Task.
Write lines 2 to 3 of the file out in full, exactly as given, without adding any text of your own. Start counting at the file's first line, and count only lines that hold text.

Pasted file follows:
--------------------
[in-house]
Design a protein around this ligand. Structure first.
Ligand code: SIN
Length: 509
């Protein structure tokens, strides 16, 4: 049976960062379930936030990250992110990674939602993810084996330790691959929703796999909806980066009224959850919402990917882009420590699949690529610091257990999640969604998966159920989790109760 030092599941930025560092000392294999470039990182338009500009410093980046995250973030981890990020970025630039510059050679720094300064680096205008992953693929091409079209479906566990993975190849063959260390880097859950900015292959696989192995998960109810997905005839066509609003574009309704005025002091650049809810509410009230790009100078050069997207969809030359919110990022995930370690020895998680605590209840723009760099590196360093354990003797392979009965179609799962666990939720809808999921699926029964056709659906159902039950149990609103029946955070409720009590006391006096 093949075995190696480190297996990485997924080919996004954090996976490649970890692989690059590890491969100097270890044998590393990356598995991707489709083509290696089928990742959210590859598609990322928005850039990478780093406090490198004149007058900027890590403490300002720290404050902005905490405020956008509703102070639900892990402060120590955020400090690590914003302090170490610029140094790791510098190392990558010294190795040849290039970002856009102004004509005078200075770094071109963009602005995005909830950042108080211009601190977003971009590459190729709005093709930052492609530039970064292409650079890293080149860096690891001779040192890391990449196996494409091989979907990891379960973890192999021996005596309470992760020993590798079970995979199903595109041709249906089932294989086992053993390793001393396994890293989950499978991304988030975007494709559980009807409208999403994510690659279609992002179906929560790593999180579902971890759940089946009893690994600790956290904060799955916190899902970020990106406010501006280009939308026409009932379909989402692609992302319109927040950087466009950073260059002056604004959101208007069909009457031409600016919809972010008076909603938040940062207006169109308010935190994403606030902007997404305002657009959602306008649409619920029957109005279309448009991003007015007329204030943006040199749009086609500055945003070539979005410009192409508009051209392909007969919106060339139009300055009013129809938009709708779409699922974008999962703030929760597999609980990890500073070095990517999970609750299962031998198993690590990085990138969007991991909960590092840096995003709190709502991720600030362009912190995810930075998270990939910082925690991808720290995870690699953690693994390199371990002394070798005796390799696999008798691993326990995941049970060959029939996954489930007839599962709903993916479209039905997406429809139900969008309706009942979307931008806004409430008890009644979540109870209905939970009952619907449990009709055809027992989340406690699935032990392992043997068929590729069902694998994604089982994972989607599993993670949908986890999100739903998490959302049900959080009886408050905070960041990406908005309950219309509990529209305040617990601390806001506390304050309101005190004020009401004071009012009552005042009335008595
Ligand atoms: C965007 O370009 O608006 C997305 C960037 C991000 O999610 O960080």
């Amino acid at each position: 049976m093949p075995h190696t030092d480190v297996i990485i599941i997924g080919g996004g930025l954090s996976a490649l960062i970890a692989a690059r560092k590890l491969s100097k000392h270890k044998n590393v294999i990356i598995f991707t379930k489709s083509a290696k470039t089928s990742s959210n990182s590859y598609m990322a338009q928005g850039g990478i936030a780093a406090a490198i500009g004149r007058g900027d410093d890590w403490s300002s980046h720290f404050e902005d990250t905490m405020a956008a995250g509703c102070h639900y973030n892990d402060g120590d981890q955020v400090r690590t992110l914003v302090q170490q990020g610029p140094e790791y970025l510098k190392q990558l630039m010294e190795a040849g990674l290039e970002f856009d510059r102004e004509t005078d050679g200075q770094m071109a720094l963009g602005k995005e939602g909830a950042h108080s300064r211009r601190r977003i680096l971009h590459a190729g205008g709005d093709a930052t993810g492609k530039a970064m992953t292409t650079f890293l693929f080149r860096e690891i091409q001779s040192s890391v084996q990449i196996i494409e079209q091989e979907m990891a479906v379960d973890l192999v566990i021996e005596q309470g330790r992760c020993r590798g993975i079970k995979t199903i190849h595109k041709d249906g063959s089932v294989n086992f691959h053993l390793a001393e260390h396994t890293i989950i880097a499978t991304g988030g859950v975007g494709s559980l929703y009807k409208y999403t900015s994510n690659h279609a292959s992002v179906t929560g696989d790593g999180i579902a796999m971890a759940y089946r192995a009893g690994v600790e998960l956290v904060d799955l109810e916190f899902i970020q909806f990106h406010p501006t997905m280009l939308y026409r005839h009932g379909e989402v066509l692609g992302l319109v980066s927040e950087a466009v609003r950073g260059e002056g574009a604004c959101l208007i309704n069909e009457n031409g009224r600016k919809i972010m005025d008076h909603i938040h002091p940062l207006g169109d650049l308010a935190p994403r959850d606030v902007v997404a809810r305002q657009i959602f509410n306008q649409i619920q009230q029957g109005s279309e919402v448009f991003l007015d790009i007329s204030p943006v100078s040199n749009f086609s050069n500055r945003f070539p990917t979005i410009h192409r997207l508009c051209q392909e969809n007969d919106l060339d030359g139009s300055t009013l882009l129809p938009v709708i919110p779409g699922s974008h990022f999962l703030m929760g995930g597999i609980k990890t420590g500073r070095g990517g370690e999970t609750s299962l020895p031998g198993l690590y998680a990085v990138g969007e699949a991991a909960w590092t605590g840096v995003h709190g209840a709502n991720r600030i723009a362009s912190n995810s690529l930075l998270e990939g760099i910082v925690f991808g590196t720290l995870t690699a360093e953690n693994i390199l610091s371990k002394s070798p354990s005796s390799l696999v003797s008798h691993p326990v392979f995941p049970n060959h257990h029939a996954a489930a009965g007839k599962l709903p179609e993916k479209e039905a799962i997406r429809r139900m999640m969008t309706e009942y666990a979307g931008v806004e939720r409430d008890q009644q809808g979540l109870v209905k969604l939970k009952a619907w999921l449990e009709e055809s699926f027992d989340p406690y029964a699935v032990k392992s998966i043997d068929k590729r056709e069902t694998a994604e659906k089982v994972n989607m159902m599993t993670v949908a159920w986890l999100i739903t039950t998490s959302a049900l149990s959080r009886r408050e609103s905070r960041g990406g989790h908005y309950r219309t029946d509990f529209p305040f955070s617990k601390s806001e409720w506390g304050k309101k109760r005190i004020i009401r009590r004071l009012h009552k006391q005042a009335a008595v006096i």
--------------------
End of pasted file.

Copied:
Design a protein around this ligand. Structure first.
Ligand code: SIN